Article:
Indeed–I only alluded to the amazing fuel within our beast by saying I borrowed half the Huff Post model—free, volunteer content. And to that Bob has added volunteer editors–folks helping out a great deal over a period of time. It’s a gone-viral way of doing things—there’s a lot of love for our site among our readers, and readers love to write and in some cases help with a sub-Facebook page or twitter feed. Still, other than Bob and Tanya, it can be tough to find folks who are really dependable on a volunteer basis longterm. And, I should say that as a magazine for 6.5 years we were volunteer-driven, too—it’s both a fun way of doing things and essential when you’re…broke.

    My vision is more about, however, paying writers down the road on a quality, not just popularity or controversy basis. I’d rather see elephant become a sort of Threadless/Kickstarter/Reddit/Stumbleupon mishmash of enabling technologies that will fuel, and pay for, our best articles. Bob is helping me refine my ideas, primarily but doubting them so far (which as we know is vital to any entrepreneur—criticism or questions are just as vital as good ideas).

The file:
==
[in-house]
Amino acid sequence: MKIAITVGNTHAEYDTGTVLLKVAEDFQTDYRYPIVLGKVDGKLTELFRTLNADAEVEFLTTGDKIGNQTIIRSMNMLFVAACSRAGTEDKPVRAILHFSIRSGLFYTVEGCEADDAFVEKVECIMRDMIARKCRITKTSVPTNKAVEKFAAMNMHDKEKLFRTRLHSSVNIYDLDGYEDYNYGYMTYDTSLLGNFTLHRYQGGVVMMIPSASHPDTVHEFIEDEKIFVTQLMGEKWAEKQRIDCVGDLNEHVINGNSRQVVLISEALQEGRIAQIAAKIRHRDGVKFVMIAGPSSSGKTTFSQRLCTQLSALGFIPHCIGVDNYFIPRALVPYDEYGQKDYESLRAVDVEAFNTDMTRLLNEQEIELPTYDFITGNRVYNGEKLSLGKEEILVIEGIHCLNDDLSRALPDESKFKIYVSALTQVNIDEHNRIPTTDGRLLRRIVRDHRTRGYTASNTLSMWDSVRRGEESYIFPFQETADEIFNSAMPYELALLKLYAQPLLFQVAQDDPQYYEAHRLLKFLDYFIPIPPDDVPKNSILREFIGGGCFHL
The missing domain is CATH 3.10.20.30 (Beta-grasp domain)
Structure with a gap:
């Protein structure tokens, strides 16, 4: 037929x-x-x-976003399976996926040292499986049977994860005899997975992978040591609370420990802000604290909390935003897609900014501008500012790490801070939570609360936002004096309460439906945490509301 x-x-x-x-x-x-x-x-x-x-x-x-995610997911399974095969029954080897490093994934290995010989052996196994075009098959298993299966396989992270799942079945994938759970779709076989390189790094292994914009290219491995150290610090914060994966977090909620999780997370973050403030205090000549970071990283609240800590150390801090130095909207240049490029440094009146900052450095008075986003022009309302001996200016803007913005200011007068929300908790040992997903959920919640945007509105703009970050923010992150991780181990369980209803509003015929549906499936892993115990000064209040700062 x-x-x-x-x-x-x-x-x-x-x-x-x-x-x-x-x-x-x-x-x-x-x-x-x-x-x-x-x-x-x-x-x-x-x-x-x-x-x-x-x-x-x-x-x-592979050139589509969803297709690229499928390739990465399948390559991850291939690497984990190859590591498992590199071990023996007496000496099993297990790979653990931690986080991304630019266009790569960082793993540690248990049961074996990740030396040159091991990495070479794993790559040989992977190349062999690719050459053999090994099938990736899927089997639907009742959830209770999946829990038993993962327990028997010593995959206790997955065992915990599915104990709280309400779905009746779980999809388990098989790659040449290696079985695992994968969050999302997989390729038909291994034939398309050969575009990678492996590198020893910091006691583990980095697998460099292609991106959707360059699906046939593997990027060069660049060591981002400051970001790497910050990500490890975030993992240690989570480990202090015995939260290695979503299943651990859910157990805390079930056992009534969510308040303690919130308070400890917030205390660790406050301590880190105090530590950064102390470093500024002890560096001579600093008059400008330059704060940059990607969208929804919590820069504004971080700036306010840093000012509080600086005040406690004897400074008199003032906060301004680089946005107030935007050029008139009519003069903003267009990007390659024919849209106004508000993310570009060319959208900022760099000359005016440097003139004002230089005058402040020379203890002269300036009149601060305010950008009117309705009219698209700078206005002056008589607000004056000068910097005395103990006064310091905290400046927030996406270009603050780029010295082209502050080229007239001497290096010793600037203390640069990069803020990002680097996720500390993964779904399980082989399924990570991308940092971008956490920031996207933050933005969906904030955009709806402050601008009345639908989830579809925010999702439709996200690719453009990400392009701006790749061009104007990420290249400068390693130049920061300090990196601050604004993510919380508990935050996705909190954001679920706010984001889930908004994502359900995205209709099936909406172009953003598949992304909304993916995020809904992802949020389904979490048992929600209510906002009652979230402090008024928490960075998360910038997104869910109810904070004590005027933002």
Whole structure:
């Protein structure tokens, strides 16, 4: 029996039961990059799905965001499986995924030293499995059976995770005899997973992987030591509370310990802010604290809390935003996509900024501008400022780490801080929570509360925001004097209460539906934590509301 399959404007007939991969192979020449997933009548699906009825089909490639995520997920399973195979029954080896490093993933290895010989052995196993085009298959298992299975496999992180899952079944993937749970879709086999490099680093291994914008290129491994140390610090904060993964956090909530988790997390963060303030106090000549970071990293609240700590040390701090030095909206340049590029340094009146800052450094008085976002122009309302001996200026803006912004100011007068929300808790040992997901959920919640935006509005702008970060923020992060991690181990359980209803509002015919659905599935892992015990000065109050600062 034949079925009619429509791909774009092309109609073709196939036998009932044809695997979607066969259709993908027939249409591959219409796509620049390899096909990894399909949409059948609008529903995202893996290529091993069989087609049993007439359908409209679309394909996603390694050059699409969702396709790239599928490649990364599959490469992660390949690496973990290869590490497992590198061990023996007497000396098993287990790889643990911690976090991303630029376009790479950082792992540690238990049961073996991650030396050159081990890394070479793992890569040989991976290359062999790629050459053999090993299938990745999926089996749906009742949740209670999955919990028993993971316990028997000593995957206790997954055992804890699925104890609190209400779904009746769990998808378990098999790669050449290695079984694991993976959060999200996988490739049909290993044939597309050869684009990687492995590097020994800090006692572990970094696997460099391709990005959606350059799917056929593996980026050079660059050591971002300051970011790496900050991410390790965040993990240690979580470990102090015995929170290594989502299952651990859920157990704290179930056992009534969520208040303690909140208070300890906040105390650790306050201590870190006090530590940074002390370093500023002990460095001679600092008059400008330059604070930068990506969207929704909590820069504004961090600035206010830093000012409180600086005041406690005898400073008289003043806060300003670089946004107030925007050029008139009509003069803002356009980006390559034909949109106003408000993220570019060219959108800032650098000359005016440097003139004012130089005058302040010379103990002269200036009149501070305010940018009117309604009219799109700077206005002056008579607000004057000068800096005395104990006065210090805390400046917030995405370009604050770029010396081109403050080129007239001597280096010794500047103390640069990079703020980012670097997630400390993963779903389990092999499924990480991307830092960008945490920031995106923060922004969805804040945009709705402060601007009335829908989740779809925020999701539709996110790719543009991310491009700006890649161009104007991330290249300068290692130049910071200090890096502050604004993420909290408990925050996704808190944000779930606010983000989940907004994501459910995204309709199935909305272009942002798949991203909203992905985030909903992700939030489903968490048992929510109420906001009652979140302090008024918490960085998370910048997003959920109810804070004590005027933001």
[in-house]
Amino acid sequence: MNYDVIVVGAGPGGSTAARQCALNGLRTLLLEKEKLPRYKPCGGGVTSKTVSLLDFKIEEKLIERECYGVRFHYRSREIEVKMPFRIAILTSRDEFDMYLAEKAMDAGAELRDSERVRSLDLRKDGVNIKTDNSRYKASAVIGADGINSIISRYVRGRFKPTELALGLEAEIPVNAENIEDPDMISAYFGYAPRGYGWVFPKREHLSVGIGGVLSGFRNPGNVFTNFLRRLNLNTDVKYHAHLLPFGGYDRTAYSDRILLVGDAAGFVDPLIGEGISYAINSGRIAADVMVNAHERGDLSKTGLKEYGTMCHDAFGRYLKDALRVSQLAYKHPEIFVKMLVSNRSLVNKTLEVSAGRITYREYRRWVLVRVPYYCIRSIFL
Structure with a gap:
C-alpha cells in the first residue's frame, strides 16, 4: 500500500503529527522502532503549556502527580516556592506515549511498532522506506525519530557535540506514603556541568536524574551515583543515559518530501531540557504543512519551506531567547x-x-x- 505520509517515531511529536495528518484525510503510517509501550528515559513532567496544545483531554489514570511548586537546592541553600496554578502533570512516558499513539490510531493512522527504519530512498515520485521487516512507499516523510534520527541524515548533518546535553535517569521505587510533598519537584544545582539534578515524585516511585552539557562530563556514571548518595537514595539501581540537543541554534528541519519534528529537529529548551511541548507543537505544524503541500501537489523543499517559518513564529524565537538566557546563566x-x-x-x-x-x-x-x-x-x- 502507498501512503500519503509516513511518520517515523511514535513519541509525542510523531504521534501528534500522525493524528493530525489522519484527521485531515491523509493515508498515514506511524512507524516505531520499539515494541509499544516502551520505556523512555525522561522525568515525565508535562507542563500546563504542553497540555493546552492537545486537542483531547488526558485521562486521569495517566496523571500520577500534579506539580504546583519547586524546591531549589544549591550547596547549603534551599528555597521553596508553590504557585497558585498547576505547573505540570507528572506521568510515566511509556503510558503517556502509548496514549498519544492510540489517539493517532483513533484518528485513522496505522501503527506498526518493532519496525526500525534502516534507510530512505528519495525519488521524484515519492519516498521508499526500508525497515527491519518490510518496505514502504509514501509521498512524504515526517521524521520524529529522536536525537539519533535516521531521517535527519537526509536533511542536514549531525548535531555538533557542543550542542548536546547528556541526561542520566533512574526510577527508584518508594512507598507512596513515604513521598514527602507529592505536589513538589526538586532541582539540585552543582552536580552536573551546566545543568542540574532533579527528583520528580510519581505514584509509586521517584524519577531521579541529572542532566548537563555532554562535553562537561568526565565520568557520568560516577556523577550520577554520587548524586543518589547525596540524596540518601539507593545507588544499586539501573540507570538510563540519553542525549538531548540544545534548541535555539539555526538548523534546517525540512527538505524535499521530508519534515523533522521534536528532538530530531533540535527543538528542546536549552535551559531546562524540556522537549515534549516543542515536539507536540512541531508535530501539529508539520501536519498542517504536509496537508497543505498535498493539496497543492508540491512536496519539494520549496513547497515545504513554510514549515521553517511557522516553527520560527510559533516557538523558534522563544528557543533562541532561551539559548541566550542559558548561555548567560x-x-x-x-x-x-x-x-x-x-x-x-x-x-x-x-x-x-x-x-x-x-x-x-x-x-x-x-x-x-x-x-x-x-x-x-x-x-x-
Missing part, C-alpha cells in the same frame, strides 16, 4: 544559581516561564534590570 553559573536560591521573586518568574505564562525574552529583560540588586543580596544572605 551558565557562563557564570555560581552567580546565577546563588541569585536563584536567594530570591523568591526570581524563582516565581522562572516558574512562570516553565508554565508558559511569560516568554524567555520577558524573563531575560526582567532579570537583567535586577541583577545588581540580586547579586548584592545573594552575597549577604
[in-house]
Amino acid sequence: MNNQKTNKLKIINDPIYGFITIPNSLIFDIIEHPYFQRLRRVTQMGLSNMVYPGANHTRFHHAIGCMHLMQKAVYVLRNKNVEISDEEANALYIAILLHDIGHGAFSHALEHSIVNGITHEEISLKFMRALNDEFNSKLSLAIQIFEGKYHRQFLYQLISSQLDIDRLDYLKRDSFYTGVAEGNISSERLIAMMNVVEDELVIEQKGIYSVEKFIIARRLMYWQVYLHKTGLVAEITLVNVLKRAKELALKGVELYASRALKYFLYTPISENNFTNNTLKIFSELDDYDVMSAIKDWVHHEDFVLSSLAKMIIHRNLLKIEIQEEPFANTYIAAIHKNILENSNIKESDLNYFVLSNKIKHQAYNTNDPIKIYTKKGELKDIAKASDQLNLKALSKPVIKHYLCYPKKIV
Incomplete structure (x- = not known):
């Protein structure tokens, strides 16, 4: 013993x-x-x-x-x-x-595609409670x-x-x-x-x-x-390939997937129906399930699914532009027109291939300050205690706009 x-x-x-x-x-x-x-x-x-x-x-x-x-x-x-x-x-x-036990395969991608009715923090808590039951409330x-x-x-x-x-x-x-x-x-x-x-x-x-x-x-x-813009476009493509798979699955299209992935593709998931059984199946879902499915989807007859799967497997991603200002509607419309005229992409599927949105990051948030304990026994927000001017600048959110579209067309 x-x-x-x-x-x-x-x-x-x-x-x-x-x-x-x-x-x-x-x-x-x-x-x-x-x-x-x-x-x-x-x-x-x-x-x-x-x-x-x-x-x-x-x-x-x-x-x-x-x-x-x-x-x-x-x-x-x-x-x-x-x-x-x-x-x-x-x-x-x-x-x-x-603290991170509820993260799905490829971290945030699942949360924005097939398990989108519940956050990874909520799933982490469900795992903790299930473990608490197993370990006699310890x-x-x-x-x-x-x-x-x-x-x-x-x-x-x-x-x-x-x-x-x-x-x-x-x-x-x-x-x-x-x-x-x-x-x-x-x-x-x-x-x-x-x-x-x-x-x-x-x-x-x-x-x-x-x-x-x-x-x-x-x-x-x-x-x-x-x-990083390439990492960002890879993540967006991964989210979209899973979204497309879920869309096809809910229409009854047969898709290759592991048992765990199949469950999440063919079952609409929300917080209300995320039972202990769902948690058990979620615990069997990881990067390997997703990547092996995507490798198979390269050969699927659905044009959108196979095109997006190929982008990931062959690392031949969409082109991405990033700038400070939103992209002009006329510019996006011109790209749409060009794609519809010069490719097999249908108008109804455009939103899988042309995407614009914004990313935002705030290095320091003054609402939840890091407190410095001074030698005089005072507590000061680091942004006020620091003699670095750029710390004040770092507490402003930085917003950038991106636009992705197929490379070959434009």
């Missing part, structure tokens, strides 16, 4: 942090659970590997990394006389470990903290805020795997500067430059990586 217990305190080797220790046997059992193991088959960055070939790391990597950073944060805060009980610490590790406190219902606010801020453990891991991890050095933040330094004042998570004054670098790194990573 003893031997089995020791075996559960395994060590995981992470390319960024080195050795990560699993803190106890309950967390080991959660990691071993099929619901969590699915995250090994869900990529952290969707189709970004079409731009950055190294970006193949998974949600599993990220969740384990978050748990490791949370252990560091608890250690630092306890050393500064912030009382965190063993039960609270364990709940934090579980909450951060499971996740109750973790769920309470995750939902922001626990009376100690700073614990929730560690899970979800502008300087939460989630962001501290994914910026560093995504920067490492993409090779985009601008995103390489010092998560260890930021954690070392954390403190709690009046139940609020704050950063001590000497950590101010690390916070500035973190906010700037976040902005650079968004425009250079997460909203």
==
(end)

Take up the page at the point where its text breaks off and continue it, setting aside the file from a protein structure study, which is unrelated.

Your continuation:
With thanks to Bob, Tanya, and all the consistent volunteers—



    • Reweis

      Thanks, Waylon.  If we can prove out Waylon’s highly innovative ideas in a prototype, I’ll be the first to eat my Elephant hat!  Like Waylon said, the best ideas often emerge from this kind of creative interaction & debate.  We’re in the middle of one of those terribly exciting processes right now.


  • Cathleen

    As a freelance writer I can’t tell you how thrilling it is to see other people follow the Huff-Po volunteer/free writer format and then complain that it is hard to get volunteer reliable help. Just another entity that thinks all writers want is a byline. We need to eat too.

    • Bob Weisenberg

      Hi, Cathleen.